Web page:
Surf safety series #1: Ocean conditions assessment
Many topics can be discussed about surf safety, all of them crucial to being safe and having fun in the surf. Throughout this series of articles, we will cover them and give you details on what to do or what to look for to make the most out of your surf sessions, applicable as well to beachgoers and swimmers.
In this first blog, we will cover the assessment of ocean conditions, which can be divided into 6 main concepts. All of them can be a hazard if the person/surfer is not aware of them, but with the right information, we can even take advantage of some of them.
Rips and currents
These are sections of water moving in the ocean, both parallel (currents) or perpendicular (rips) to the seashore. The currents can easily be assessed by standing in the shallow and feeling which way the water is moving. Rips will most likely be in an area where waves are not breaking and the water looks bumpy and messy. To stay safe as a swimmer always stay in waist-deep water and swim where there are waves. If you are an experienced surfer who wants to get past the breaking waves, rips can be helpful and can give you a free ride to the line-up.
If ever you get caught in a rip, do not try to swim against it. Instead, swim sideways (parallel to the beach) until you get to the breaking waves section, then start swimming back in.
The size and shape of the waves will tell us a lot about the power and skills needed to get out. Waves always look smaller from the beach, so keep that in mind. Make sure you know your level and are aware of which waves you can ride and feel comfortable with. If it looks too big or you are not feeling confident enough, trust your gut. You can always surf the inside section or the whitewash, use these sessions to practice pop-ups, start turning and reading the waves.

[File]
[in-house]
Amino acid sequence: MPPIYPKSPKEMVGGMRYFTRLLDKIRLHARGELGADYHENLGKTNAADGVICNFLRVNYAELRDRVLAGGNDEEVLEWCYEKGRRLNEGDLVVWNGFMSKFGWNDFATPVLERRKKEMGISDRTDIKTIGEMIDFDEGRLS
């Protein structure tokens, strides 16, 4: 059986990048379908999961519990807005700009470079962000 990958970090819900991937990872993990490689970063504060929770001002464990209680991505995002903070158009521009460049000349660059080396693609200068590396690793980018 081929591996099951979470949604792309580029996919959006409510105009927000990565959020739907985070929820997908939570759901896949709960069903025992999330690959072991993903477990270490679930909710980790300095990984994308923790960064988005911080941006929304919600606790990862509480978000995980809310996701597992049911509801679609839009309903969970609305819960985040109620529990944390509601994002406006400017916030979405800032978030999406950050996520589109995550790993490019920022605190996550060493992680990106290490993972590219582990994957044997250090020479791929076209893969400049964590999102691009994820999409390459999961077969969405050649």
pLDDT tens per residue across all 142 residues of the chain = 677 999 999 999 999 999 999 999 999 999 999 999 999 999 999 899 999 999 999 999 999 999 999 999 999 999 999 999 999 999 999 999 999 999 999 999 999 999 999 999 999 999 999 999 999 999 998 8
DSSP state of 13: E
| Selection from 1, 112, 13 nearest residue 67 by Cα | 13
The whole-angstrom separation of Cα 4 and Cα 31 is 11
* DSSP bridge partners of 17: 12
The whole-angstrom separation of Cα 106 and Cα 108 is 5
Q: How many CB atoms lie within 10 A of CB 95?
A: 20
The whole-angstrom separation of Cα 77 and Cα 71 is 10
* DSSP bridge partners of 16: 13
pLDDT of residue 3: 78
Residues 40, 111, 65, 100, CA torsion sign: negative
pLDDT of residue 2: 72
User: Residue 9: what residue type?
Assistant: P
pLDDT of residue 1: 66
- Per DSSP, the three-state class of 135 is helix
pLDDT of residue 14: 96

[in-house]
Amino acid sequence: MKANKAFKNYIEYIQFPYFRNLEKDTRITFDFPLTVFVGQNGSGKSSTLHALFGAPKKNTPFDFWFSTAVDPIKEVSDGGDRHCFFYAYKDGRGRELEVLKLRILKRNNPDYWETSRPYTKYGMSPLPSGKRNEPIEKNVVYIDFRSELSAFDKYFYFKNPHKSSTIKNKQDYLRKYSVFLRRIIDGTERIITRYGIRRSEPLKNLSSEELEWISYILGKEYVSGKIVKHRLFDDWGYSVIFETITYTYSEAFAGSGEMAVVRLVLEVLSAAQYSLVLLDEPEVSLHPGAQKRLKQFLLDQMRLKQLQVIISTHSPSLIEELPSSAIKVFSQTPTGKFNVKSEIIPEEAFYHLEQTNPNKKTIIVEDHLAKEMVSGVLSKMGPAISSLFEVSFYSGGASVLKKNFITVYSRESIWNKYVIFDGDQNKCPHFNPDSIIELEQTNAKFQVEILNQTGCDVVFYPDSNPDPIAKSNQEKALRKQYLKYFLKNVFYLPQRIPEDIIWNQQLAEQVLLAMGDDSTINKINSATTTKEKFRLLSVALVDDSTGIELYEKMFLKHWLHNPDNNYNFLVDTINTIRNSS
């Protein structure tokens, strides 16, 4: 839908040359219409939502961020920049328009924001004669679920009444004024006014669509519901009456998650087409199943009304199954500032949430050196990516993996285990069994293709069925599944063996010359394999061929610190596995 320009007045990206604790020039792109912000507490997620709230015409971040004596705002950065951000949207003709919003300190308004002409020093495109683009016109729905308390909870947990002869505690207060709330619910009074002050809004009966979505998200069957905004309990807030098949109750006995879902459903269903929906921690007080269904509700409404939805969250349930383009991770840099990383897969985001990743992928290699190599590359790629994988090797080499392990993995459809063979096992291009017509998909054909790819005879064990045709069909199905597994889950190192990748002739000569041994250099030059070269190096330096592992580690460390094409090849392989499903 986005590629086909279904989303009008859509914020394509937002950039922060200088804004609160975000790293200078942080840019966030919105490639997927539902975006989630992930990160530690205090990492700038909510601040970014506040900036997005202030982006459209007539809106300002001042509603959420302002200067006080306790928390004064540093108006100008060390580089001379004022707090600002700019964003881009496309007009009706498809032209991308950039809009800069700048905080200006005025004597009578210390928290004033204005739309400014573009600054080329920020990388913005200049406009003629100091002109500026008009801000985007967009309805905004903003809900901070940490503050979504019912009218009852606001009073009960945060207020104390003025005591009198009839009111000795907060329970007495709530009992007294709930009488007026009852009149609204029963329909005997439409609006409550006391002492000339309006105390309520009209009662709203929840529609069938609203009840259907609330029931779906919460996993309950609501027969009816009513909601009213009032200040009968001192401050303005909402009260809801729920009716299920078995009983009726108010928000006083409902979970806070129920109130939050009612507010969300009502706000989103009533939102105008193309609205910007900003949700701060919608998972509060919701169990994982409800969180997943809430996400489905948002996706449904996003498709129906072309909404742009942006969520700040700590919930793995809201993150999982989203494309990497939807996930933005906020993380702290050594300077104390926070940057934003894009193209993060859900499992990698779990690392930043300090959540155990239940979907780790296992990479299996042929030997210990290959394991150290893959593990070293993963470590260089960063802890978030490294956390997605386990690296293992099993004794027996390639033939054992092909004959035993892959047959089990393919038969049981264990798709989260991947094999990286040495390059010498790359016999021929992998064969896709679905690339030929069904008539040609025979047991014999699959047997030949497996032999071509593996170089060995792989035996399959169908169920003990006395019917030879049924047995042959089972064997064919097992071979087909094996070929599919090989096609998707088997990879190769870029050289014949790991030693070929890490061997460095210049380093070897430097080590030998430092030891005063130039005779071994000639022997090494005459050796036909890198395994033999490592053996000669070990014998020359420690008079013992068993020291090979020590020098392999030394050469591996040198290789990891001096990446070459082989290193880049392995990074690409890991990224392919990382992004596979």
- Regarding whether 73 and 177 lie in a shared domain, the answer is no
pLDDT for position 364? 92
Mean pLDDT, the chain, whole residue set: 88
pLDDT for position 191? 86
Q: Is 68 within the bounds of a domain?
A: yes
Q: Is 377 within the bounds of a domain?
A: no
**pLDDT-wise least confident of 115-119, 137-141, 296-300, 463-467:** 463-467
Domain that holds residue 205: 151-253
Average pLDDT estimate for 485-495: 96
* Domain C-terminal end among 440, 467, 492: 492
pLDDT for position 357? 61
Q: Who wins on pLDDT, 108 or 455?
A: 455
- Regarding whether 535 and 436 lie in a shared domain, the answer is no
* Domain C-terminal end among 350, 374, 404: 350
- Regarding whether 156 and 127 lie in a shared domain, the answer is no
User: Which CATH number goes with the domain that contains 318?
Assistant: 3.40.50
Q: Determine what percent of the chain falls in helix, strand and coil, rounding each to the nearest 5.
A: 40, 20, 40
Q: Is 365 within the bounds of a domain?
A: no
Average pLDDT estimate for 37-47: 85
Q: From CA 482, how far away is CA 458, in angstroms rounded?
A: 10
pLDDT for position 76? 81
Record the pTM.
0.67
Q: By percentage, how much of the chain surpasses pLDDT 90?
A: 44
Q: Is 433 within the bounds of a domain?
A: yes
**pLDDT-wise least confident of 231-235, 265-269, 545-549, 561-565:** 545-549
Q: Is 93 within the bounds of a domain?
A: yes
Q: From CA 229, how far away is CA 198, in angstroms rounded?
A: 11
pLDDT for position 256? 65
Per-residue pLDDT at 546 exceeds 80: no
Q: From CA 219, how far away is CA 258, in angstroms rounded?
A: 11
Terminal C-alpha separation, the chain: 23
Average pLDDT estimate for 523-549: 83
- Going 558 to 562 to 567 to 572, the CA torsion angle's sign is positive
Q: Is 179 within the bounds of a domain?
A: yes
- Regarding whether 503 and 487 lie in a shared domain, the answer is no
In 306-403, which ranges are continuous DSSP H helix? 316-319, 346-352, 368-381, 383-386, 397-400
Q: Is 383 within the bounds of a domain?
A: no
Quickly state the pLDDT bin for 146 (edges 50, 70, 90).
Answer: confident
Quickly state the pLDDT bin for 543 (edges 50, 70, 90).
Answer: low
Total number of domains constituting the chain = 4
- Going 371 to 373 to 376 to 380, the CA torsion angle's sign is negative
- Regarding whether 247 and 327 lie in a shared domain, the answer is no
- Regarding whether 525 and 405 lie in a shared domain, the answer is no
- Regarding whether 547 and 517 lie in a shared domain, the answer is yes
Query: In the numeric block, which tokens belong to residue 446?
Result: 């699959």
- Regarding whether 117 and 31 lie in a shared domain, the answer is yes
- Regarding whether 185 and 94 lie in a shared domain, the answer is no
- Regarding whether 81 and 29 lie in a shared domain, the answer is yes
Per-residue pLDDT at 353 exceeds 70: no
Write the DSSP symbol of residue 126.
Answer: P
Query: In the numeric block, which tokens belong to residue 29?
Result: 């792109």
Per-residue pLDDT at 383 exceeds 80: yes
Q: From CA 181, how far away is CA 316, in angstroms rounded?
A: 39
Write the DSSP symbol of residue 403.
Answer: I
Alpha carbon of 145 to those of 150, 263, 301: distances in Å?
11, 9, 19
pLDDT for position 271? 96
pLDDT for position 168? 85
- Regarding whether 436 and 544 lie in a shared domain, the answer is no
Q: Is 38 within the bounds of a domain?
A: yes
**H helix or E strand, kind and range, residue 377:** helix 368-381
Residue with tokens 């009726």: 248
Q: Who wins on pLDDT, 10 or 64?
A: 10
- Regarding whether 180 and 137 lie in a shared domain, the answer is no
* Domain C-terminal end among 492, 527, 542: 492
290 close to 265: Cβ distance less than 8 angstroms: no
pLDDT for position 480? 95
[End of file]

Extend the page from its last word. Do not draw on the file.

Many factors play a role in creating and defining the tides. Some beaches will be more forgiving, and tides will not matter as much, but others will only be surfable on the right tide. Tides have a big relationship with rips and currents, which can change location and strength depending on the tide.
The shallowness of the ocean can depend on them as well, therefore some surf breaks might be too shallow or too deep for surfing on certain tides. Identifying the tides can be sometimes complex. You can use the wet lines on the beach or read tide forecasts apps before going out. If you are surfing or swimming in a spot regularly, take your time to learn about the conditions that affect it.
In general there are 3 types of ocean floor: sand, rocks, and reef. Reef bottoms are known for making the best-shaped waves but are also the most dangerous ones. Sand or beach breaks are ideal for beginner surfers as even though waves might be a bit more off shape, it is much safer. Tides will also determine how shallow it is.
As the wind helps to create waves, they will mostly help determine the shape and strength of the waves. Winds can be onshore, offshore, or cross-shore. Onshore winds travel from the ocean towards the beach and tend to make choppy conditions and close-out waves. Offshore winds are the most ideal for surfing, as traveling from the beach towards the ocean creates nice and clean waves that are much more enjoyable to ride. The strength of the winds will also be determinant of the conditions, with light winds being the best.